President can Waive Torture Prohibition
Wednesday, January 04, 2006
(SNN Washington) When President Bush signed the bill outlining the torture of detainees, he issued an additional statement declaring that he will respect interrogation limits in the context of his broader powers.
A White House official told us that the laws would not be ignored.
Basically, what this means is that despite the fact of law was passed by a veto proof super majority of both houses of Congress, the president still believes that he can torture people at his own discretion. The president's "signing statement" as it is called essentially says "I will torture whomever I like whenever I feel like it."
A White House official told us that the laws would not be ignored. "We consider it a valid statute. We consider ourselves bound by the prohibition on cruel, unusual, and degrading treatment." However, the officials said the situation could arise in which Bush may have to waive the law's restrictions.
A detainee is believed to have information that could prevent a planned terrorist attack.
The official then cited an example where a detainee is believed to have information that could prevent a planned terrorist attack. In such a situation, President Bush could swoop in like a Jack Bauer and personally use his vast array of torture techniques the detainee. The President is considered an expert in the field of torture, being especially fond of the Australian Ball Sticker.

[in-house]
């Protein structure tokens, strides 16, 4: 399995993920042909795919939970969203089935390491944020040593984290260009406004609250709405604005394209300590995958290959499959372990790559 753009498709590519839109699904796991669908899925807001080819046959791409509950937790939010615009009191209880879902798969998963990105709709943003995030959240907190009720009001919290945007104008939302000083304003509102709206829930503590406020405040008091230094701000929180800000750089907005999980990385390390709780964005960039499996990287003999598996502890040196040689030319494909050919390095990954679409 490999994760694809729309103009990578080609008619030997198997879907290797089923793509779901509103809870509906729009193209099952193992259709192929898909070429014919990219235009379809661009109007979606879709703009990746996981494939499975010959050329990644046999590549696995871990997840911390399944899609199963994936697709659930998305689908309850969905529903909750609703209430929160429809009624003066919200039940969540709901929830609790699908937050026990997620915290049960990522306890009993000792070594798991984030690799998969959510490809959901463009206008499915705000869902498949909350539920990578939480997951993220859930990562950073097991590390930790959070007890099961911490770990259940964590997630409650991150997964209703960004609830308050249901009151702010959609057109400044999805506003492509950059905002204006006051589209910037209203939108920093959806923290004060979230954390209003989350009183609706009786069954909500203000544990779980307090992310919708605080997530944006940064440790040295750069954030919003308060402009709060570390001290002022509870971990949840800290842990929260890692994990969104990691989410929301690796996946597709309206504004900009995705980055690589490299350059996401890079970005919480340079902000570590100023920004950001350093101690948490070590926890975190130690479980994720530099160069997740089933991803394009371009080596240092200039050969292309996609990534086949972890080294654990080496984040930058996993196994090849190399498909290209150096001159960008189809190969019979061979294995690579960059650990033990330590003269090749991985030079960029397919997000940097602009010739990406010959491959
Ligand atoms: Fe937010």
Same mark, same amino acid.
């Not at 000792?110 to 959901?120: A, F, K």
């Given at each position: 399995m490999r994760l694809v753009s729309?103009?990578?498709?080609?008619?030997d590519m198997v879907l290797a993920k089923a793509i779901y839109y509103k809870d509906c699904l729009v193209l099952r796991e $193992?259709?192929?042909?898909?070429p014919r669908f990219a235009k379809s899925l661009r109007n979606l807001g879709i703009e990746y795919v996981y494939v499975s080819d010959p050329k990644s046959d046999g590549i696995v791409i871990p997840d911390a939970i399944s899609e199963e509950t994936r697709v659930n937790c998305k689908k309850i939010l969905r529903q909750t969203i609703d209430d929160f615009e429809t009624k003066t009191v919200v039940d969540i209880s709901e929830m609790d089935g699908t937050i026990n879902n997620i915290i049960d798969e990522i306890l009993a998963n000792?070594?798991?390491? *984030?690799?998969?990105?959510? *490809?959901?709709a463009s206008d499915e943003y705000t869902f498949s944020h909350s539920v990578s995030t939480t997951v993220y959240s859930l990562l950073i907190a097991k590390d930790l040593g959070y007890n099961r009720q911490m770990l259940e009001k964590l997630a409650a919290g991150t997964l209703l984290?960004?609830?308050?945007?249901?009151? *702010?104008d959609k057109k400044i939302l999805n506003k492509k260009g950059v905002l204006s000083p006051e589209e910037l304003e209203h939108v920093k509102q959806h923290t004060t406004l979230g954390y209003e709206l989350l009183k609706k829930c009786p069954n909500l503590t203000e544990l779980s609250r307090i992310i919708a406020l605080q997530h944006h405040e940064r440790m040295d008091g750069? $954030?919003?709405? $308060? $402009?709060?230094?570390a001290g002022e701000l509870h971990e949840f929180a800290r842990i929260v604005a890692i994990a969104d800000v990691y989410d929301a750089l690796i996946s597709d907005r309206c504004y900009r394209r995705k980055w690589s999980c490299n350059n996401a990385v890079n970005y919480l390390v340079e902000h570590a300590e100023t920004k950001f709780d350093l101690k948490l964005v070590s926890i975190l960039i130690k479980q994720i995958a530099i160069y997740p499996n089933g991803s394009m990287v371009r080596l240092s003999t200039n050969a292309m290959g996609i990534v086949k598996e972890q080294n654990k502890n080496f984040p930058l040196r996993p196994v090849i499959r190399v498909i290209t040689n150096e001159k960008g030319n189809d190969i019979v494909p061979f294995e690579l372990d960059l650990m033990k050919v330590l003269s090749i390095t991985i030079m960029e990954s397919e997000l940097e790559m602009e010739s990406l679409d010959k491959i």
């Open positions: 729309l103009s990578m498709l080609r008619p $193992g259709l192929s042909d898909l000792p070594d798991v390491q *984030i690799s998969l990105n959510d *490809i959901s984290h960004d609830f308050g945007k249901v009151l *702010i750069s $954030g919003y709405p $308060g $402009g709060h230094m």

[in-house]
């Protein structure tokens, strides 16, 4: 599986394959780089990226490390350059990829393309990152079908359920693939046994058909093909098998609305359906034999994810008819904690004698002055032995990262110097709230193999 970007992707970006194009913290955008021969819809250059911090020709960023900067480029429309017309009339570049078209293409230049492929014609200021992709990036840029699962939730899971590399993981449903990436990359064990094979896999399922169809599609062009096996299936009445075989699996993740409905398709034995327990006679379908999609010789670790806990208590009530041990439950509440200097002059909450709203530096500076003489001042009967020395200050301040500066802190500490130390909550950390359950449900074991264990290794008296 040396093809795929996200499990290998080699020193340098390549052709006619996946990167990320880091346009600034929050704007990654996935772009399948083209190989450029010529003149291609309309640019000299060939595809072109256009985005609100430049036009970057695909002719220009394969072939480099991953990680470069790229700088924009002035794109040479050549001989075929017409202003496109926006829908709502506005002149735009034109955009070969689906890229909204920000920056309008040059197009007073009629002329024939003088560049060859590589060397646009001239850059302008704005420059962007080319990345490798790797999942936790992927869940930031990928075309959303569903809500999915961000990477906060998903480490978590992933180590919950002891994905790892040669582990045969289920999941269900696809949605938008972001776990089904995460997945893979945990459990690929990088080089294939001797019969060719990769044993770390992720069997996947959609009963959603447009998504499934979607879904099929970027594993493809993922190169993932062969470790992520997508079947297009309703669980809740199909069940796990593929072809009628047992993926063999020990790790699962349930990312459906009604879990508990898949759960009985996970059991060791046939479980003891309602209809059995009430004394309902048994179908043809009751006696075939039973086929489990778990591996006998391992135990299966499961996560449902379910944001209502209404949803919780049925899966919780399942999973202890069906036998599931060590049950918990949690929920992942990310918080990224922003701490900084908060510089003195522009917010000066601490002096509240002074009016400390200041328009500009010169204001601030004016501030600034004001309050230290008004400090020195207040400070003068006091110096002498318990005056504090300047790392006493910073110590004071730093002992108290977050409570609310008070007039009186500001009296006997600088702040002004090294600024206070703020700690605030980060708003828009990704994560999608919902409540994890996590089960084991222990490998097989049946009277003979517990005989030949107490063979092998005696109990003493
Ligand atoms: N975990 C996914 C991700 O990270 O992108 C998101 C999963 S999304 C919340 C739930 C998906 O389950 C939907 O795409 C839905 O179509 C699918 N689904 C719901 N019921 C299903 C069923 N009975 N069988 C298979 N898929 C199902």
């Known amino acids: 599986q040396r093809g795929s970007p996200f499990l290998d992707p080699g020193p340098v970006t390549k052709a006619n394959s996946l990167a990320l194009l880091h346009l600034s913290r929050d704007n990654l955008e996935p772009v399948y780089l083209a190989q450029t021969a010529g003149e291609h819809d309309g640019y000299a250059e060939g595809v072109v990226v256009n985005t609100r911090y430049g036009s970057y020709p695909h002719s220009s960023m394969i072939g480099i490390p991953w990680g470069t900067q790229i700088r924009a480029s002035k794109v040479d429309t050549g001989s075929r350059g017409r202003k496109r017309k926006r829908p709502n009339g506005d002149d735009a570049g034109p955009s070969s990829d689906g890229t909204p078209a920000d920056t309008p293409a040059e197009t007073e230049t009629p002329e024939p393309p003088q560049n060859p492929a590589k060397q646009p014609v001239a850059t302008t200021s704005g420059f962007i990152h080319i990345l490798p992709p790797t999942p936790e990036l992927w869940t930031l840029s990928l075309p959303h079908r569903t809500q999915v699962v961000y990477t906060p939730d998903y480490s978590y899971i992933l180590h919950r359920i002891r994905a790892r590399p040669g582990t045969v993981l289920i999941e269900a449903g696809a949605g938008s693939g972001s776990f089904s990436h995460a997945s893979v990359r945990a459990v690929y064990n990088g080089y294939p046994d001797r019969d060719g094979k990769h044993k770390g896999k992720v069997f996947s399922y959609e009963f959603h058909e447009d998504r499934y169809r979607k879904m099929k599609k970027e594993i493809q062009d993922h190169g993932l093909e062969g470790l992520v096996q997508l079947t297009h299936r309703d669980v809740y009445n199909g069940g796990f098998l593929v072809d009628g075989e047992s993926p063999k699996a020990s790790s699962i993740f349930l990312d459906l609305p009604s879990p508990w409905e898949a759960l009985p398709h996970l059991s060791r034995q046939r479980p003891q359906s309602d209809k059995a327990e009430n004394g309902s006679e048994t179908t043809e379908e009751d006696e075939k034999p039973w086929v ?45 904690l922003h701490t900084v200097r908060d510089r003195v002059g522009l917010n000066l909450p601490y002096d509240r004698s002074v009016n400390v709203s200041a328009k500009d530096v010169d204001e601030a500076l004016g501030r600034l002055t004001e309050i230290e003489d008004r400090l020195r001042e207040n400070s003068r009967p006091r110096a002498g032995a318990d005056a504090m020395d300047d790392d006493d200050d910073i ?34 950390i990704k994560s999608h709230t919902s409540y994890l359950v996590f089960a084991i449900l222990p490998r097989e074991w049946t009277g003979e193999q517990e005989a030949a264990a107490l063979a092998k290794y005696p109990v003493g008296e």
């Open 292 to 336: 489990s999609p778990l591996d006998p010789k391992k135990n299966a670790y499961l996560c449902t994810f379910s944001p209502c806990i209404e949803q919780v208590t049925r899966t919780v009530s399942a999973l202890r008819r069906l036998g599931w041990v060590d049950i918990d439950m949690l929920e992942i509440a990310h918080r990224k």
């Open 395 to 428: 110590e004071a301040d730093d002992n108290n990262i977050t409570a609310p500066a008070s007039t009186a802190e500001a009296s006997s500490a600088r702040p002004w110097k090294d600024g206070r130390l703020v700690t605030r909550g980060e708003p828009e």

Some say that this interpretation of the new law is indicative of the demonstration which believes it is above the law. This has seemingly been corroborated by recent actions of the administration. Administration officials have said that in order to defend the Constitution, it is reasonable for the president to ignore judicial approval, ignore laws from Congress, and eat sushi off the bellies of naked Japanese whores.
Couldn't he have just _said_ "I'm not going to sign this, but I will follow it by law" which would have made him a liar, but not a lawbreaker?